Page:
John Sloan

Westminster Abbey - Title (Six Etchings w/Selections), 1891
Etching
3.25 x 4.75 x 15 in
SKU: 11166c
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John Sloan's Westminster Abbey portfolio is among the most rare of his printmaking output, and a complete set like this is even more unusual. Printed in dark brown ink in on a sturdy wove paper, the portfolio depicts select views of the interior and exterior of the Abbey, each accompanied by verses of poetry themselves surrounded by decorative foliation. The series was originally produced for A. Edward Newton, who in his later years would become an important collector of rare and decorative books. Under the employ of Newton, Sloan, who never left the United States, created these views of the abbey by copying photogravures of paintings by the English artist Alfred Dawson. Another complete portfolio is in the collection of the Philadelphia Museum of Art (1953-105-1--13).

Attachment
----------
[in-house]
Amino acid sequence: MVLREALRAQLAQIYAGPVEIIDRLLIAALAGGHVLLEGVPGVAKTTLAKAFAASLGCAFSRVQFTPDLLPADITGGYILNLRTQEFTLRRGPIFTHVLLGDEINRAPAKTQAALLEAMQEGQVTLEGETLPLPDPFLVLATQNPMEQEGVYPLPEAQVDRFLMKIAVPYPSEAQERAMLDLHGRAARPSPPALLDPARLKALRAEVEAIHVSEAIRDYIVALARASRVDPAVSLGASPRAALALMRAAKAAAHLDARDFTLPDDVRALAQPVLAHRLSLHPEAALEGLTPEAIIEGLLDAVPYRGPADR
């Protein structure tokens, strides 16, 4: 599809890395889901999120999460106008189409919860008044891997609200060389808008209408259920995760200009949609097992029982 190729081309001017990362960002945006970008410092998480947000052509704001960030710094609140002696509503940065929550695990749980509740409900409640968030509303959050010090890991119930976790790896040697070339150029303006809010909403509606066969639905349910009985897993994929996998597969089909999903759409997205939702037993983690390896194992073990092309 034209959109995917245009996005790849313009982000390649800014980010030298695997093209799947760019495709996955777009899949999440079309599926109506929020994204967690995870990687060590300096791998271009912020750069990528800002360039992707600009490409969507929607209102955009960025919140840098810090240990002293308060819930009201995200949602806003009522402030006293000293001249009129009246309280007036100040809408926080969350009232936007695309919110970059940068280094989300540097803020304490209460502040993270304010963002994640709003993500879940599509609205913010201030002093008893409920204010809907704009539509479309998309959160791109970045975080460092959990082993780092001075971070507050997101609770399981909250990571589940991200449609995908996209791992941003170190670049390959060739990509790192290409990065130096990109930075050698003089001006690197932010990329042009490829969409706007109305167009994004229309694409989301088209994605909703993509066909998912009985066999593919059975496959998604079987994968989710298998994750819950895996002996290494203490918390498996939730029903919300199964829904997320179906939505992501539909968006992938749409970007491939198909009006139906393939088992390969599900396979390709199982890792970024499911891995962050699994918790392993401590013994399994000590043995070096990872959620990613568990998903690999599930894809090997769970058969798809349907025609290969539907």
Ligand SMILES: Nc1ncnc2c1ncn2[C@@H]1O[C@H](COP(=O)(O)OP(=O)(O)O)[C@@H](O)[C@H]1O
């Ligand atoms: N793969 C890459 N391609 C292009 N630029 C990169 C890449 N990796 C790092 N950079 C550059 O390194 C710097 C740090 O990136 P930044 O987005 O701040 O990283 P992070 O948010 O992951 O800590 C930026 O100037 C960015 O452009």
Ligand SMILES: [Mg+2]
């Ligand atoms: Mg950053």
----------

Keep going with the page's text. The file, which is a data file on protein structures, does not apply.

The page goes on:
The title piece and each pair are custom framed. Each have hand-laid silk mats with recessed bevels, Museum Glass glazing protecting from 99 percent of UV rays, and 24-karat gold gilt cassetta mouldings.

3.25 x 4.75 inches, each print image
13.38 x 15 inches, title print frame
20.75 x 14.88 inches, each double-window frame

References:
• Morse, Peter. John Sloan's Prints: A Catalogue Raisonné of the Etchings, Lithographs, and Posters. Alan Wofsy Fine Arts, 2001, pp. 11-23.

John French Sloan (August 2, 1871 – September 7, 1951) was a twentieth-century painter and etcher and one of the founders of the Ashcan school of American art. He was also a member of the group known as The Eight. He is best known for his urban genre scenes and ability to capture the essence of neighborhood life in New York City, often observed through his Chelsea studio window. Sloan has been called "the premier artist of the Ashcan School who painted the inexhaustible energy and life of New York City during the first decades of the twentieth century" and an "early twentieth-century realist painter who embraced the principles of Socialism and placed his artistic talents at the service of those beliefs. - Wikipedia
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